Last week the "No Tax for Tracks" movement kicked off what will be roughly 10 months of fighting against "Greenlight Pinellas." The tax referendum would swap property tax funding for a seven to eight percent sales tax increase (1 cent increase) for PSTA.
"First of all, it's not a true swap," says "No Tax for Tracks" chair person Barb Haselden.
Haselden says that the current Pinellas County ad valorum tax generates roughly $32 million annually, while the sales tax increase will generate closer to $130 million... and that those hardest hit will be current bus riders, such as lower income individuals and seniors, many of whom do not pay property taxes.
However, Pinellas County Commissioner Karen Seel says much of the new revenue won't even be coming from Florida residents.
"Thirty percent is paid by our tourists," she says.
Haselden is also concerned that voters may be confused by messaging, suggesting that the increase will help fund a connector rail line between Pinellas and Hillsborough. But a PSTA spokesperson told me that part of the plan IS to accommodate interbay travel -- specifically from the Pinellas Gateway area to Tampa -- but by bus, not by rail... at least for right now.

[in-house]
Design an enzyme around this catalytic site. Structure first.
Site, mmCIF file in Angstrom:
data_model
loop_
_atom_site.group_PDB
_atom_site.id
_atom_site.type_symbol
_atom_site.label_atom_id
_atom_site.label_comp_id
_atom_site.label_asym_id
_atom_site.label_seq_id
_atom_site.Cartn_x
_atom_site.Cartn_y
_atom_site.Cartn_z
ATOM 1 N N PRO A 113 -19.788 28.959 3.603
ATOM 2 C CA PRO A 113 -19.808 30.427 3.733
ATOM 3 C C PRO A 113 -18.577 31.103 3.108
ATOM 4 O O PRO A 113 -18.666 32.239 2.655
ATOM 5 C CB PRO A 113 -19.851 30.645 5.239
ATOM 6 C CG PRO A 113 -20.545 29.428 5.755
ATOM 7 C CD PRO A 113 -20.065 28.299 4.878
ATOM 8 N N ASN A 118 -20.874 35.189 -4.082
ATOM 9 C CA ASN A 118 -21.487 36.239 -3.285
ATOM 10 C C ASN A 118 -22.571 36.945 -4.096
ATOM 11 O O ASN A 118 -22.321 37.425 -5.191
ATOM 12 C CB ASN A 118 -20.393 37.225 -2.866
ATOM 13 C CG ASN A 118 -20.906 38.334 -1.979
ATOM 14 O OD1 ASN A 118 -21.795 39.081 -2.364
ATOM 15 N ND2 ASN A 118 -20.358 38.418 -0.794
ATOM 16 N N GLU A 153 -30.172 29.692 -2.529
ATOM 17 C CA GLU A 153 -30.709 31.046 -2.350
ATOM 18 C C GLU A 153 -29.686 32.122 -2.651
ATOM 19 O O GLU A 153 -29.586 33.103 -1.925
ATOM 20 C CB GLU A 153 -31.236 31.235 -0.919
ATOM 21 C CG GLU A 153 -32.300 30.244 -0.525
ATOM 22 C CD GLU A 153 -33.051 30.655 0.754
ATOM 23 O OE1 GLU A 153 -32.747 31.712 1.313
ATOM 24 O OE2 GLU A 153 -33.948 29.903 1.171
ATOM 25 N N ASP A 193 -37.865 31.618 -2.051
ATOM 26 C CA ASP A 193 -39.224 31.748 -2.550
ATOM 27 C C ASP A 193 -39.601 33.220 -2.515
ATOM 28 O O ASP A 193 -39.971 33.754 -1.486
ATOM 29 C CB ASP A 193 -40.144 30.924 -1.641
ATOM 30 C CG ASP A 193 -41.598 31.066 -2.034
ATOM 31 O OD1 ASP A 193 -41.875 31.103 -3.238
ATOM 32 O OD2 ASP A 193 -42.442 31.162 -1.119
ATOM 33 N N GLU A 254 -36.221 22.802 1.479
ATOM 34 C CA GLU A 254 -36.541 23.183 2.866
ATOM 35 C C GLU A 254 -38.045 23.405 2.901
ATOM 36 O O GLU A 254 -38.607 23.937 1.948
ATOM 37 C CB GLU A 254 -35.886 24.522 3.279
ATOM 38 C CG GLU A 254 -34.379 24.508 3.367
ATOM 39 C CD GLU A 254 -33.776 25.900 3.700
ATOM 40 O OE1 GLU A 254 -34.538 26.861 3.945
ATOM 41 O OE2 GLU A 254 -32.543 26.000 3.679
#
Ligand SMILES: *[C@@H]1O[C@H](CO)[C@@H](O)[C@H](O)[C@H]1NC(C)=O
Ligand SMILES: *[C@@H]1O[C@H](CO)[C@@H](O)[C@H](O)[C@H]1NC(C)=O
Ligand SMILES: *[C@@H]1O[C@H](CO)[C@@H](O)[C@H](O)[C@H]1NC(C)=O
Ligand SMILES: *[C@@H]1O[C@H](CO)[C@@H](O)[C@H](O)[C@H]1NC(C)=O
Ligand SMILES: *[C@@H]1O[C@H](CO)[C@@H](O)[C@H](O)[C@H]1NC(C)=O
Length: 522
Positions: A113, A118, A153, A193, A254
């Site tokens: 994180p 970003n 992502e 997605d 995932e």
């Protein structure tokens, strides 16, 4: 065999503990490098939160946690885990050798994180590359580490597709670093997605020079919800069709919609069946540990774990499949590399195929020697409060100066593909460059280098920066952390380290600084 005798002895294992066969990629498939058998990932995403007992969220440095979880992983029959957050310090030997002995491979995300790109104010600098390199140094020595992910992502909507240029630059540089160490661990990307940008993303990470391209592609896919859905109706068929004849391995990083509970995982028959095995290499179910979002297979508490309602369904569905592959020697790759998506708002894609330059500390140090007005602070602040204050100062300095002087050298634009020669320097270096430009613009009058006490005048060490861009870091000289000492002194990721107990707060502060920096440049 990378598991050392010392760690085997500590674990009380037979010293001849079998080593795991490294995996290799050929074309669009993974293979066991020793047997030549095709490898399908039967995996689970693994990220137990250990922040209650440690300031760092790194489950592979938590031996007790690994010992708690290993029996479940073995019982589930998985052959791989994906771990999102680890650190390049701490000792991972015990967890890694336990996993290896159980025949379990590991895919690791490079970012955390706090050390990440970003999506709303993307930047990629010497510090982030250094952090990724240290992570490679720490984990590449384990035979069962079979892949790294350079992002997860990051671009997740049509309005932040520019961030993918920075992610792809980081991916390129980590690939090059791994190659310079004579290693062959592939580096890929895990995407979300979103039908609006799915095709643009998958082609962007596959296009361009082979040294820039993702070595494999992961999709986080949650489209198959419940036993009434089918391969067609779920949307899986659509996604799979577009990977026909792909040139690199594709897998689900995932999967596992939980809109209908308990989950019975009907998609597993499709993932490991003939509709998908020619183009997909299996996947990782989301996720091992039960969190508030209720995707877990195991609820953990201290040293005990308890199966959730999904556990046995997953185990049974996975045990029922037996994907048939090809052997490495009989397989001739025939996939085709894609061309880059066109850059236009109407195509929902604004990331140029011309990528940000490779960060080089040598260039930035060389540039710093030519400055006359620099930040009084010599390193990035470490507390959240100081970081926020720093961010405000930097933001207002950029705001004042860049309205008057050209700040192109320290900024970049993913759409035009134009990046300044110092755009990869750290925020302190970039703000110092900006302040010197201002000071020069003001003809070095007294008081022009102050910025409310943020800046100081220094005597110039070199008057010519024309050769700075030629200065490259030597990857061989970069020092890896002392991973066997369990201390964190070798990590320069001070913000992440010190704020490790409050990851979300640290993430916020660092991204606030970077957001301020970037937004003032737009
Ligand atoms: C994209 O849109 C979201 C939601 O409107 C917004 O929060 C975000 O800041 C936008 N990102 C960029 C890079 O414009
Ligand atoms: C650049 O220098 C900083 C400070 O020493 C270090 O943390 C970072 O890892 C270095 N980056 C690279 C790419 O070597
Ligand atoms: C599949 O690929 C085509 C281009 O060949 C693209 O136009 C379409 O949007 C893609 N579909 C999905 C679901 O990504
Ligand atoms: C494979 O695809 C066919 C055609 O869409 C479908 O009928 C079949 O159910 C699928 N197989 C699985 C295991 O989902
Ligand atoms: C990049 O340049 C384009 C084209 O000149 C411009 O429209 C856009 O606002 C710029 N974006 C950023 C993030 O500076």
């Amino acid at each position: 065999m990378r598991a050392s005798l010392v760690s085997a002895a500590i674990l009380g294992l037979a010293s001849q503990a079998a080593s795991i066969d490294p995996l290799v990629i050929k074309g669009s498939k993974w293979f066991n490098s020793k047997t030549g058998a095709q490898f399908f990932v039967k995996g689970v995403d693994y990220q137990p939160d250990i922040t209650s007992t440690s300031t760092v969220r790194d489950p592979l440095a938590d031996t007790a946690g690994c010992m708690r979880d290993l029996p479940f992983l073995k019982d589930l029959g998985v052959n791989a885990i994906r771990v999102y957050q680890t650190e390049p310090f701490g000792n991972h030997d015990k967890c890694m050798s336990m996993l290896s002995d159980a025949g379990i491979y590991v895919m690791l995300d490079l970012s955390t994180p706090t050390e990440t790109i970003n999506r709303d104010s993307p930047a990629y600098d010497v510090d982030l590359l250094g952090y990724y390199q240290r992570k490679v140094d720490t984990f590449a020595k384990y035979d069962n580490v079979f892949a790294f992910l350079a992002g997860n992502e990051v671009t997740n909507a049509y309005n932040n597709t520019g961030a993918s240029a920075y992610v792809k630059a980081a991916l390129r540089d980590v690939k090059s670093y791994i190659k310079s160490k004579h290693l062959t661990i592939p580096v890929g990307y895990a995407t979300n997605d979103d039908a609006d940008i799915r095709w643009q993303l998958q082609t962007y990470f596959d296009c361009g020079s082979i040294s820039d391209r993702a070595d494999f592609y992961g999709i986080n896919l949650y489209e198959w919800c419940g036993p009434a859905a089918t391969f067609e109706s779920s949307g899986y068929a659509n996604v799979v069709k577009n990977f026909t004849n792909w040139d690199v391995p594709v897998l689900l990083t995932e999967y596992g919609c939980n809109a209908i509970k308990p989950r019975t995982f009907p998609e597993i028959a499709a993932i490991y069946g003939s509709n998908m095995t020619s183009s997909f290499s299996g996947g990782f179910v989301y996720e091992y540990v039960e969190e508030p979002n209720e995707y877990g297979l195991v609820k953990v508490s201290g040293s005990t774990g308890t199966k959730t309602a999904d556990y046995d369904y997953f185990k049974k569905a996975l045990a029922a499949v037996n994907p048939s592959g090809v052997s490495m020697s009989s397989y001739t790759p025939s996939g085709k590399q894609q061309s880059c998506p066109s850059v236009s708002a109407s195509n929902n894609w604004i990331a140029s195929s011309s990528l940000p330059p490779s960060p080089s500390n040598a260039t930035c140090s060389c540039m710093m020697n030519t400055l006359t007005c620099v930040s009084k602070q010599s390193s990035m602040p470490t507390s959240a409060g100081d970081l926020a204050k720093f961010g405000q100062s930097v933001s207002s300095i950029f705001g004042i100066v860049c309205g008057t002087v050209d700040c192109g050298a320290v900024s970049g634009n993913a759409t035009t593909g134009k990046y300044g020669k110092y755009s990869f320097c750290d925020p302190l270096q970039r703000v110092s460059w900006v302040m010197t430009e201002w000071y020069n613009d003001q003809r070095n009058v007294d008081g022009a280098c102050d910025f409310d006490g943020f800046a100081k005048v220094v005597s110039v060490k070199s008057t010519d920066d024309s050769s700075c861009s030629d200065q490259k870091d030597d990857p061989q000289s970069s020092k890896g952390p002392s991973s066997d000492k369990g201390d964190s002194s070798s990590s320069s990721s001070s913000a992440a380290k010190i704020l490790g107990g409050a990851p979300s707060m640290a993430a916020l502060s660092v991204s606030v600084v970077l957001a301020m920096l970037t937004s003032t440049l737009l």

But again, the referendum isn't just about rail.Presented with the argument that train transit brings up property values in the areas where there are stops, Haselden says, "PSTA is not in the position to be developers."
But, Commissioner Seel replies, "Everyone in this county is interested in economicdevelopment, because it means jobs."
Haselden also says that she does not believe more buses should be added to the PSTA fleet, but that the system needs to be retooled.
Now, whether you believe that or support the "tax swap" referendum, you will see a lot more signs popping up around Pinellas County in the coming months... and you'll get your say on the matter this November.
For information on Greenlight Pinellas, log on to www.GreenlightPinellas.com.
For information on No Tax for Tracks, log on to www.railtaxfacts.com.